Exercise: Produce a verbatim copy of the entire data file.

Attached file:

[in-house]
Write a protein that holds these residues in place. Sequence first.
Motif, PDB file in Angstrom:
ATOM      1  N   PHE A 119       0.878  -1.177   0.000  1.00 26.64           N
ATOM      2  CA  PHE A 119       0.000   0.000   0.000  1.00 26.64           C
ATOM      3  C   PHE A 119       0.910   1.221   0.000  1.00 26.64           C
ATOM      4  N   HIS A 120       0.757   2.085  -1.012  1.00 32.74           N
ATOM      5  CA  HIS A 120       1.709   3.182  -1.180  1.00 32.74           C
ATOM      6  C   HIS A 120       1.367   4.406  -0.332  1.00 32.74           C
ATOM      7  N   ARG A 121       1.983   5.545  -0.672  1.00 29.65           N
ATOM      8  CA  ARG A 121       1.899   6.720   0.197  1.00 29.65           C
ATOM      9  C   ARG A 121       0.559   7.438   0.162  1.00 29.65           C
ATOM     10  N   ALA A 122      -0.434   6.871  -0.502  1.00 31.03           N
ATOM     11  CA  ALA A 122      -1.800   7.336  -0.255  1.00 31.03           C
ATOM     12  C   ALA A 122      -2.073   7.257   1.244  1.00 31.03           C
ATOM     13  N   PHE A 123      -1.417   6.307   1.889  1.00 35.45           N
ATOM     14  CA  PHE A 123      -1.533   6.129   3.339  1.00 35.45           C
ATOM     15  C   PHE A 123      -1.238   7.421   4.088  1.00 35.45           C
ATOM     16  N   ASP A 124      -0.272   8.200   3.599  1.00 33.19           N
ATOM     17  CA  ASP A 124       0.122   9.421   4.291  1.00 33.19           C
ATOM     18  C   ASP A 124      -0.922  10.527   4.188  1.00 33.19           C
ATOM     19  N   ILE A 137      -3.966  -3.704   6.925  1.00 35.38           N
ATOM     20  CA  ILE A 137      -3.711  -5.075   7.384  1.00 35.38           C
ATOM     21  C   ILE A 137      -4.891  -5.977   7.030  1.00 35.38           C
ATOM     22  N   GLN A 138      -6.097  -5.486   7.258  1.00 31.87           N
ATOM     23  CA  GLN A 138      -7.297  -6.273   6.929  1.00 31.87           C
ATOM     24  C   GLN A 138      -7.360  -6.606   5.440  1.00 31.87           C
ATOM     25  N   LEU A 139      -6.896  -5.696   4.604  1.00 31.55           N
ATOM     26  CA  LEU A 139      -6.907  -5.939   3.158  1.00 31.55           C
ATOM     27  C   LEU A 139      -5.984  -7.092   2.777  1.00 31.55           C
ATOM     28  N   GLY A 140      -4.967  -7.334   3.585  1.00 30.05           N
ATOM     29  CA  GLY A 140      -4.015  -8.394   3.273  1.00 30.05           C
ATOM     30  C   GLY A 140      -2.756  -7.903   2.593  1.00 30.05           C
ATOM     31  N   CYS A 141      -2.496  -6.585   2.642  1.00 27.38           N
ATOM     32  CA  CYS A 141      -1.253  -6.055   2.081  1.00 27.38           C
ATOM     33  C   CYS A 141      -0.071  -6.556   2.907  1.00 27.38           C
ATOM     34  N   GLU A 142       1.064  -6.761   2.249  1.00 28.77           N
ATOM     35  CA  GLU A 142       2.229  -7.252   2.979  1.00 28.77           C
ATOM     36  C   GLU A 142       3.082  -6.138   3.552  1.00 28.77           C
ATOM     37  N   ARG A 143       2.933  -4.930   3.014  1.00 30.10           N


[in-house]
Write a protein that holds these residues in place. Sequence first.
Motif, PDB file in Angstrom:
ATOM      1  N   PHE A 119       0.878  -1.177   0.000  1.00 26.64           N
ATOM      2  CA  PHE A 119       0.000   0.000   0.000  1.00 26.64           C
ATOM      3  C   PHE A 119       0.910   1.221   0.000  1.00 26.64           C
ATOM      4  N   HIS A 120       0.757   2.085  -1.012  1.00 32.74           N
ATOM      5  CA  HIS A 120       1.709   3.182  -1.180  1.00 32.74           C
ATOM      6  C   HIS A 120       1.367   4.406  -0.332  1.00 32.74           C
ATOM      7  N   ARG A 121       1.983   5.545  -0.672  1.00 29.65           N
ATOM      8  CA  ARG A 121       1.899   6.720   0.197  1.00 29.65           C
ATOM      9  C   ARG A 121       0.559   7.438   0.162  1.00 29.65           C
ATOM     10  N   ALA A 122      -0.434   6.871  -0.502  1.00 31.03           N
ATOM     11  CA  ALA A 122      -1.800   7.336  -0.255  1.00 31.03           C
ATOM     12  C   ALA A 122      -2.073   7.257   1.244  1.00 31.03           C
ATOM     13  N   PHE A 123      -1.417   6.307   1.889  1.00 35.45           N
ATOM     14  CA  PHE A 123      -1.533   6.129   3.339  1.00 35.45           C
ATOM     15  C   PHE A 123      -1.238   7.421   4.088  1.00 35.45           C
ATOM     16  N   ASP A 124      -0.272   8.200   3.599  1.00 33.19           N
ATOM     17  CA  ASP A 124       0.122   9.421   4.291  1.00 33.19           C
ATOM     18  C   ASP A 124      -0.922  10.527   4.188  1.00 33.19           C
ATOM     19  N   ILE A 137      -3.966  -3.704   6.925  1.00 35.38           N
ATOM     20  CA  ILE A 137      -3.711  -5.075   7.384  1.00 35.38           C
ATOM     21  C   ILE A 137      -4.891  -5.977   7.030  1.00 35.38           C
ATOM     22  N   GLN A 138      -6.097  -5.486   7.258  1.00 31.87           N
ATOM     23  CA  GLN A 138      -7.297  -6.273   6.929  1.00 31.87           C
ATOM     24  C   GLN A 138      -7.360  -6.606   5.440  1.00 31.87           C
ATOM     25  N   LEU A 139      -6.896  -5.696   4.604  1.00 31.55           N
ATOM     26  CA  LEU A 139      -6.907  -5.939   3.158  1.00 31.55           C
ATOM     27  C   LEU A 139      -5.984  -7.092   2.777  1.00 31.55           C
ATOM     28  N   GLY A 140      -4.967  -7.334   3.585  1.00 30.05           N
ATOM     29  CA  GLY A 140      -4.015  -8.394   3.273  1.00 30.05           C
ATOM     30  C   GLY A 140      -2.756  -7.903   2.593  1.00 30.05           C
ATOM     31  N   CYS A 141      -2.496  -6.585   2.642  1.00 27.38           N
ATOM     32  CA  CYS A 141      -1.253  -6.055   2.081  1.00 27.38           C
ATOM     33  C   CYS A 141      -0.071  -6.556   2.907  1.00 27.38           C
ATOM     34  N   GLU A 142       1.064  -6.761   2.249  1.00 28.77           N
ATOM     35  CA  GLU A 142       2.229  -7.252   2.979  1.00 28.77           C
ATOM     36  C   GLU A 142       3.082  -6.138   3.552  1.00 28.77           C
ATOM     37  N   ARG A 143       2.933  -4.930   3.014  1.00 30.10           N